In 2009, near the height of the financial crisis, mining company Dundee Precious Metals Inc. was faced with the prospect of falling metal prices—and $150 million of capital investments in Bulgaria.

Rick Howes, then chief operating officer, couldn’t undo the investments in the mine in Chelopech, which was slated to double production to two million tons of copper and gold ore a year. But he had to find a more efficient way to operate the facility. He used traditional mining technologies, emerging wireless systems and software to replace clunky communication systems.

For starters, Dundee installed an electrical ore-crushing system in the mine, reducing the use of diesel-guzzling trucks to transport ore. A conveyor system brings the crushed ore to a processing plant on the surface. This system also enabled Dundee to eliminate secondary crushers, whose metal balls required frequent replacement.

Next, Mr. Howes told the staff he wanted to get a better view of what was going on in the mine, which extended as much as 1,970 feet below the surface.

“Rick’s vision, from day one, was to take the lid off of the mine and view everything in real time,” recalled Mark Gelsomini, Dundee’s corporate director of information technology.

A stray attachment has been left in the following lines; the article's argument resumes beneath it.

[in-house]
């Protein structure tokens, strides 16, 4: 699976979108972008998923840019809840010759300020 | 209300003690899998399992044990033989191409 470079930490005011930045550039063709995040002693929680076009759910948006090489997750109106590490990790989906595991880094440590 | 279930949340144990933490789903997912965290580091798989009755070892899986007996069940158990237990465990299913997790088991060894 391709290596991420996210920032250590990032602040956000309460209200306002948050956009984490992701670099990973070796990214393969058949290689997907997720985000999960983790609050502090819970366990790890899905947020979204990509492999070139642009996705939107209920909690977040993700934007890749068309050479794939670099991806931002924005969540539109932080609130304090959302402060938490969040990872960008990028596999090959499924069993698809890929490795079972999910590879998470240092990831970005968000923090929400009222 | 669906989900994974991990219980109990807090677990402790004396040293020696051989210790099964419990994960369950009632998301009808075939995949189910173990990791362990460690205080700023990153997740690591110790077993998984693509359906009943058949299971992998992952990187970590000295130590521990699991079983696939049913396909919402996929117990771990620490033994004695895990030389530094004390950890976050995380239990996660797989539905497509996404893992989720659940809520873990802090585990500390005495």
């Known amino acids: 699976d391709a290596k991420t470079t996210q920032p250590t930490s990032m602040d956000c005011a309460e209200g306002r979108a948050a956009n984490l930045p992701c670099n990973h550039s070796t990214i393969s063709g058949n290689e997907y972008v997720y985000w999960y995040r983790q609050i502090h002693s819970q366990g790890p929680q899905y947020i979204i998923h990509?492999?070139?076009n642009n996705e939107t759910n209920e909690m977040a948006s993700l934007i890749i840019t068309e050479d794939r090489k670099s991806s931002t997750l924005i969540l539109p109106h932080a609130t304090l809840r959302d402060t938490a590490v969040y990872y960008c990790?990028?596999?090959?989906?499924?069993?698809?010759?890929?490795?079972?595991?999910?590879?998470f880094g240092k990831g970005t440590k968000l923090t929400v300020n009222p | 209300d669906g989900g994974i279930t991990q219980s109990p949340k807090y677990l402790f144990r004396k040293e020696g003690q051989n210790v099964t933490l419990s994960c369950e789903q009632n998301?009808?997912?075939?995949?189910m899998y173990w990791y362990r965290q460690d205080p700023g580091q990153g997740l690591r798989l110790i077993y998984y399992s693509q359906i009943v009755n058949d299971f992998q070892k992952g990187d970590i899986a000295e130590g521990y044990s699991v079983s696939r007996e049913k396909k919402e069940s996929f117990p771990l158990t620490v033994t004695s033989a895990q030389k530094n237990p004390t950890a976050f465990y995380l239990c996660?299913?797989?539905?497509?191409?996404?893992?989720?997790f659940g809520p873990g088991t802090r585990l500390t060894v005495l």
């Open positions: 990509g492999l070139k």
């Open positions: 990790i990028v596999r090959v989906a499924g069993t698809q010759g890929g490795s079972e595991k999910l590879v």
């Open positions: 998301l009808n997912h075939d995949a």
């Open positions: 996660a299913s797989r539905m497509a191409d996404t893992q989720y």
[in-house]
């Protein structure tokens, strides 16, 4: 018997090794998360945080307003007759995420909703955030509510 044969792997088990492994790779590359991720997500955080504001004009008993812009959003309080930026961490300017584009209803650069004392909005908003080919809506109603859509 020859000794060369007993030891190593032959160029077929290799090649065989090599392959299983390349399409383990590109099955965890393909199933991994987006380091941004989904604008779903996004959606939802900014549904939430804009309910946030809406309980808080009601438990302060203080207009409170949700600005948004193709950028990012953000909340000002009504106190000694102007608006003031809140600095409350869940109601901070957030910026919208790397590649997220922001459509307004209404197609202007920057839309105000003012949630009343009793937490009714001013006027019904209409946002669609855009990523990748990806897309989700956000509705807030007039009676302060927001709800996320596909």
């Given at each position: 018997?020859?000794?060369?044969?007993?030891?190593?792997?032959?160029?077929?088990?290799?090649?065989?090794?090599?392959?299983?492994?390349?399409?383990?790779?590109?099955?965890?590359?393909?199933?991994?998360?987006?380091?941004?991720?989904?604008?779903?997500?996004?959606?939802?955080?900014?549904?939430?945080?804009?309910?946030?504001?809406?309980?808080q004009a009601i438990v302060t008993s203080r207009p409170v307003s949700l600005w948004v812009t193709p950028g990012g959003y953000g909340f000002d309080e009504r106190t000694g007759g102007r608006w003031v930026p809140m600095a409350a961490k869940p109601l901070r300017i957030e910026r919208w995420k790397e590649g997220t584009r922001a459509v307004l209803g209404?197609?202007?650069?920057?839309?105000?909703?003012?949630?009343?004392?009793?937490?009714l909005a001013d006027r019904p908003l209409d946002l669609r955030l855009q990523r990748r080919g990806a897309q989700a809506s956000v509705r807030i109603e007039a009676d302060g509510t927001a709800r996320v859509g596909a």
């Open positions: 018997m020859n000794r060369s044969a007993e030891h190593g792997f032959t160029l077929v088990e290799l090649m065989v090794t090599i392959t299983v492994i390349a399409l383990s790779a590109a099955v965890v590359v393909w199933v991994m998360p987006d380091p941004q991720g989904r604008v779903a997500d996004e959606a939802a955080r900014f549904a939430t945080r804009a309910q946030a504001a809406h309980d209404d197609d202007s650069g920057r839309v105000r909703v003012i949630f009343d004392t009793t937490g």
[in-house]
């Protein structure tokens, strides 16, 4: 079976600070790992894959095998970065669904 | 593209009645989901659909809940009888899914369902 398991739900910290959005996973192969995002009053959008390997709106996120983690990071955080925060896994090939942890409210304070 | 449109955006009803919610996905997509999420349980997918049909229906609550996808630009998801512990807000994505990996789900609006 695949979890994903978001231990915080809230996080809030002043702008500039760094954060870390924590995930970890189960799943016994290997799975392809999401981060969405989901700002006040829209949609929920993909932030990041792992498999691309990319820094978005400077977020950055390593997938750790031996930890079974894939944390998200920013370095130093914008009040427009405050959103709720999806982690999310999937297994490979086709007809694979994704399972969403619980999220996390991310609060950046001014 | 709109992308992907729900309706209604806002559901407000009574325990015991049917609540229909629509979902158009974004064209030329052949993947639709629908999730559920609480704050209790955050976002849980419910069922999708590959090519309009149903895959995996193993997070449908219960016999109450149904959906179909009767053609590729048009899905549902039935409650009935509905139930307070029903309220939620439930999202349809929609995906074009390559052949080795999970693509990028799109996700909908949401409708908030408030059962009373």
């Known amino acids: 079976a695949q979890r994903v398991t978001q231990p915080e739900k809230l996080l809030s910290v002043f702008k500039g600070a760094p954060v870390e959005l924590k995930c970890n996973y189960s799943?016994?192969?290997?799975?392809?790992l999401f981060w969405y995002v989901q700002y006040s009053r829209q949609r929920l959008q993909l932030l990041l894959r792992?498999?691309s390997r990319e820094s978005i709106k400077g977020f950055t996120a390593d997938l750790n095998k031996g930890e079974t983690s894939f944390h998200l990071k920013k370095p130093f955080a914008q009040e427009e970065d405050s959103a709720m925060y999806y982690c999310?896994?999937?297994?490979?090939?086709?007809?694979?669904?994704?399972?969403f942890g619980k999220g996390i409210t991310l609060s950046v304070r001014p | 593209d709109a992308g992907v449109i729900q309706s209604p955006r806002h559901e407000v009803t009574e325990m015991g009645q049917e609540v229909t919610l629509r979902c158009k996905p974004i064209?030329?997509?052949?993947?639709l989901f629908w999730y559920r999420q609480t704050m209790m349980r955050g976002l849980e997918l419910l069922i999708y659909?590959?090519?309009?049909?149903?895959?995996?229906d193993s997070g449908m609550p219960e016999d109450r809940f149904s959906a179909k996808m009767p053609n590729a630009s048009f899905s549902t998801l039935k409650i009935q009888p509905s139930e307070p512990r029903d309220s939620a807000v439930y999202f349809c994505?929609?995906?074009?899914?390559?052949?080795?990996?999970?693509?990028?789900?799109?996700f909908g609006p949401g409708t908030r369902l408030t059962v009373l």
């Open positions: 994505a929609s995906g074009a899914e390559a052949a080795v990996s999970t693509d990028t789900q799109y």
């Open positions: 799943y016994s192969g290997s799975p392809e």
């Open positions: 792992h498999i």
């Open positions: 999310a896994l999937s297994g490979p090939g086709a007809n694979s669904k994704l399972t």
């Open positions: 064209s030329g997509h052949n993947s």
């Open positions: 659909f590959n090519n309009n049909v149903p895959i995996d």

The Canada-based company developed a digital tracking system, outfitting miners and machinery with Internet-enabled sensors and developing parabolic antennas to counter a radio-wave scattering effect caused by quartz in the mine’s walls.

The use of Radio Frequency Identification sensors, Wi-Fi networks, fiber-optic cables and military-grade communications devices allowed for more efficient management of machines and people, according to Mr. Howes, who became Dundee’s CEO in 2013. He said the $10 million project, along with the new crushing and conveyor systems, helped lower production costs to $40 a ton, from $60.

Source: The Wall Street Journal - see full article